The Chancellor ripped up his predecessor's plans and has no plan to replace them. What's going on?
The latest Budget measures give a painful insight into the relationship between the UK’s austerity experiment and women.
In a curious way, the memory of the war has continued to shape German behaviour through this crisis just as much as it has the Greek.
Syriza could yet keep Greece in the eurozone. Our contributor, the Athenian schoolteacher Evel Economakis, bet a souvlaki on it.
While all eyes are on the eurozone, larger troubles are brewing.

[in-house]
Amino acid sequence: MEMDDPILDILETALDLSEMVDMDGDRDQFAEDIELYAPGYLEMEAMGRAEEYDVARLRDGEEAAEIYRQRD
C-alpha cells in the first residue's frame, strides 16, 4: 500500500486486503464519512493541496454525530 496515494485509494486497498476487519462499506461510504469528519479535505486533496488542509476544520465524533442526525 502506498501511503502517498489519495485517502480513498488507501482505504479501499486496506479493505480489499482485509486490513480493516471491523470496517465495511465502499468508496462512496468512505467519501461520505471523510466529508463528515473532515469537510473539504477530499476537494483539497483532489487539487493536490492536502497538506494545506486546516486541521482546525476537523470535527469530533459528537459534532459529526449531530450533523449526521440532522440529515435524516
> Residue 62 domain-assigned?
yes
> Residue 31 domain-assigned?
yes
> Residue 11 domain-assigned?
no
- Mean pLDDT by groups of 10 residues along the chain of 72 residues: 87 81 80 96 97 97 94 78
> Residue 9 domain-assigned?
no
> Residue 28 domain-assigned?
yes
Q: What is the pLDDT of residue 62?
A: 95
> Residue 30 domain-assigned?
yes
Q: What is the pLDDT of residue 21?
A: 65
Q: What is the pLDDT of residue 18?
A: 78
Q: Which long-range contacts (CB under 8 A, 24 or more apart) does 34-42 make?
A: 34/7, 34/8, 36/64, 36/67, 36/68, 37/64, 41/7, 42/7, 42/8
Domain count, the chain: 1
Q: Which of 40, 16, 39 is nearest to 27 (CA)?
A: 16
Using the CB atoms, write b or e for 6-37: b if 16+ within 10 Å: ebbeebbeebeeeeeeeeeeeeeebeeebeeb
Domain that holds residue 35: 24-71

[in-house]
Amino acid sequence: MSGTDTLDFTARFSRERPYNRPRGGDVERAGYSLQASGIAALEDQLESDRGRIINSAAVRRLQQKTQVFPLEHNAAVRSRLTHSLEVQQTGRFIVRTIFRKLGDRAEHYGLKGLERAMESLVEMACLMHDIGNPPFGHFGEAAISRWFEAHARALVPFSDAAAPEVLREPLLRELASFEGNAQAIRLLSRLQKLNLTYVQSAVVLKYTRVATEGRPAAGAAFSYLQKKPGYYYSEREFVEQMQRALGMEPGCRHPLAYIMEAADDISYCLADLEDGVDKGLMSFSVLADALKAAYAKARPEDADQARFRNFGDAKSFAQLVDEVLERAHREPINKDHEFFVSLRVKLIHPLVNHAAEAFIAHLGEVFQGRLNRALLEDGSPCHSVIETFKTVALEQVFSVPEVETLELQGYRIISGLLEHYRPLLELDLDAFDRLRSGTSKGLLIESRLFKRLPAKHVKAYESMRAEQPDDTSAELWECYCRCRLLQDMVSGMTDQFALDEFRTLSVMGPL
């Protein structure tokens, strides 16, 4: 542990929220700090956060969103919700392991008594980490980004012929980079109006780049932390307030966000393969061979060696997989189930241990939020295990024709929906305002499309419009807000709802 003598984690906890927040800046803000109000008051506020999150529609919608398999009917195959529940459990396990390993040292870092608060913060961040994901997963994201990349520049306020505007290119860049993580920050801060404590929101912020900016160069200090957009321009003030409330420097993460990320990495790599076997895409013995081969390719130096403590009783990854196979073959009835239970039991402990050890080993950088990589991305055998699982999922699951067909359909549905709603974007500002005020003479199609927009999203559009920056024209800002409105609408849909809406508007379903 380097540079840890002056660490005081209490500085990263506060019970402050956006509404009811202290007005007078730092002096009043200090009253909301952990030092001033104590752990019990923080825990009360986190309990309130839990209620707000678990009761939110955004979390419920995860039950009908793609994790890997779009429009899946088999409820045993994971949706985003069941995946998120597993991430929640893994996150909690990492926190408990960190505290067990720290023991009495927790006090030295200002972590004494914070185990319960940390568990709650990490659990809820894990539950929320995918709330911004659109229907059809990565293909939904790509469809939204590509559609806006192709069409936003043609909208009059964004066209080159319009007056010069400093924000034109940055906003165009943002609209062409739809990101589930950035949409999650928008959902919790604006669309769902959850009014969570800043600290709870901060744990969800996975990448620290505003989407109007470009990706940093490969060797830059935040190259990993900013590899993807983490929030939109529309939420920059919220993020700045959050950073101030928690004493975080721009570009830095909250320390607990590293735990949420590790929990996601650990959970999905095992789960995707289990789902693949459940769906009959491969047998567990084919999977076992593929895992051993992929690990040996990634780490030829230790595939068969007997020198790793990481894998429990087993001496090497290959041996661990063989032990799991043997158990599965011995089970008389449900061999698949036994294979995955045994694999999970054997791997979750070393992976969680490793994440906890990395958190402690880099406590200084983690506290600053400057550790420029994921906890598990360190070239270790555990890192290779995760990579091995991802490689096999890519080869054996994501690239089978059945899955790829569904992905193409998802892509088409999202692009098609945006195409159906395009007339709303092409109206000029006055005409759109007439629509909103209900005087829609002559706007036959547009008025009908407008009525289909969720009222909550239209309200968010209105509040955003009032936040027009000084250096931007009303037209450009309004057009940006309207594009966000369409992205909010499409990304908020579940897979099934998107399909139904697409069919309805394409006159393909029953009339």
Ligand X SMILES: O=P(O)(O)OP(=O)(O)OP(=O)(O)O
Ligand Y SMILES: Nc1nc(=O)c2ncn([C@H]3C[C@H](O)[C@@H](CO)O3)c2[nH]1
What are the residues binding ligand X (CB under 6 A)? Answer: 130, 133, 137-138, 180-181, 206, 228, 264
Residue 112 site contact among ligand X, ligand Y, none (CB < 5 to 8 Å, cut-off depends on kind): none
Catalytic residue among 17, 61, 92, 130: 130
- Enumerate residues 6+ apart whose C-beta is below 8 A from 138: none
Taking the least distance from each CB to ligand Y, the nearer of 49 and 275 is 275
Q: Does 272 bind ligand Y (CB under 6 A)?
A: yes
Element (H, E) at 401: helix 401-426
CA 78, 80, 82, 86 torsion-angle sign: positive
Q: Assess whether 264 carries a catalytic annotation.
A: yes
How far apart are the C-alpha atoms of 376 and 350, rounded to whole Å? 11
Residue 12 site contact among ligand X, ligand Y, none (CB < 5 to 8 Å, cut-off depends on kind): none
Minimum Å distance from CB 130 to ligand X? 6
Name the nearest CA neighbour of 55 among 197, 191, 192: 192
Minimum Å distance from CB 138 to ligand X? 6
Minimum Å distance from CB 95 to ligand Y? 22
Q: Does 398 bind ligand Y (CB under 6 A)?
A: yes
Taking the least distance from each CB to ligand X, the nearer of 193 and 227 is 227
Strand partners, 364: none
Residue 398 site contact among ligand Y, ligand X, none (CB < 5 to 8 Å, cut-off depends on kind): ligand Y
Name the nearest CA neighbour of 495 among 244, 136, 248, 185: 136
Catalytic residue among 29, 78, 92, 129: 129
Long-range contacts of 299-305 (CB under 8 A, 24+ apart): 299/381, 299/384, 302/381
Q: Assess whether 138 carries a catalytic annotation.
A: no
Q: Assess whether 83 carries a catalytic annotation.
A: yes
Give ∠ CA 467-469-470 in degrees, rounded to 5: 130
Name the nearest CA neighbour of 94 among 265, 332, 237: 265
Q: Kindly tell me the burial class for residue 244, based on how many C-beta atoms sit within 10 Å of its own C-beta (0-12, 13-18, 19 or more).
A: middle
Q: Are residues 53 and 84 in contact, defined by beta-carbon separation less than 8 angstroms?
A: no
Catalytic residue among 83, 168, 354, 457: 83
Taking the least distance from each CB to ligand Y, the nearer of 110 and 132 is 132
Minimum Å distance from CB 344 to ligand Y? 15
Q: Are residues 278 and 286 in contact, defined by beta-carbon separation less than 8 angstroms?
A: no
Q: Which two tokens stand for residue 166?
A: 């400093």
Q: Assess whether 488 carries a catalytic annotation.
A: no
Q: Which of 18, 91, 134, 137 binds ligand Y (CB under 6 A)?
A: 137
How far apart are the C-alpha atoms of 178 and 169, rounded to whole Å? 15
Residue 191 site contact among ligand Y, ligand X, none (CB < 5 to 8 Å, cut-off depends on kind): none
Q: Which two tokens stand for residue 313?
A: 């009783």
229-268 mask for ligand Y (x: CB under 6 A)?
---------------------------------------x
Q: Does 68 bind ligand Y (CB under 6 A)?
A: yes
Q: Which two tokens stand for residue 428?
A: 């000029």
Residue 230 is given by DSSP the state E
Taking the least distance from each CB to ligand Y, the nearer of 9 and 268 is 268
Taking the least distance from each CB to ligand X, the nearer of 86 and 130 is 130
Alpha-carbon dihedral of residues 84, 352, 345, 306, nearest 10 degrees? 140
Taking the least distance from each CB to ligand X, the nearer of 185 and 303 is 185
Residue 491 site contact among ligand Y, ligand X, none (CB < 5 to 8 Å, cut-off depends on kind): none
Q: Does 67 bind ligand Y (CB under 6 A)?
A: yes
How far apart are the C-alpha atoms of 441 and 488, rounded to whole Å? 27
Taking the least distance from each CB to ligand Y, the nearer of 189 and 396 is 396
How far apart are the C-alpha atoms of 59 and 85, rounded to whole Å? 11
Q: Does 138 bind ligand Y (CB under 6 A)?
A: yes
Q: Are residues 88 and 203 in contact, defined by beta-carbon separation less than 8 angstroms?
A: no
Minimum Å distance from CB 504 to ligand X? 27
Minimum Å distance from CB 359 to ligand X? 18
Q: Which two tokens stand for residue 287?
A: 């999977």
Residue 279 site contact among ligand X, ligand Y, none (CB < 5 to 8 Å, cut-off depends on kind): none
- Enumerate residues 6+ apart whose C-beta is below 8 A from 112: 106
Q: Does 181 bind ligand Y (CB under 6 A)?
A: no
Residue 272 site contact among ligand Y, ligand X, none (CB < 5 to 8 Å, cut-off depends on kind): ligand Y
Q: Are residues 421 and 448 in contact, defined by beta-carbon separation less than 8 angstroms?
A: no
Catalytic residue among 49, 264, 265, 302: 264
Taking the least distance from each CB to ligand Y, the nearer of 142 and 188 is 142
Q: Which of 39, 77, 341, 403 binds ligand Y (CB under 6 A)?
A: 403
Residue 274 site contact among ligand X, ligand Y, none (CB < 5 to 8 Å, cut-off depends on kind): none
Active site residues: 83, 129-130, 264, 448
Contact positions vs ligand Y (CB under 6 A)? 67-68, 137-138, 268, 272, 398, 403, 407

Leader of the House Chris Grayling has dismissed MPs' calls to set aside time to debate what has been described as an "incredibly distasteful" policy.
The strange thing has been how few Greeks, whether politicians, business people, journalists or whoever, took the idea that their country might leave the euro seriously.
I have now got the stage where I am convinced that if I open the latest HMRC-stamped envelope, a Balrog will jump out.
As with Thatcher’s privatisations, the Chancellor is confident that his reforms will become part of the common sense of the age.
Shadow chancellor Chris Leslie says "difficult decisions have to be made" after Osborne limits pay increases to 1 per cent.
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Cool Britannia 20
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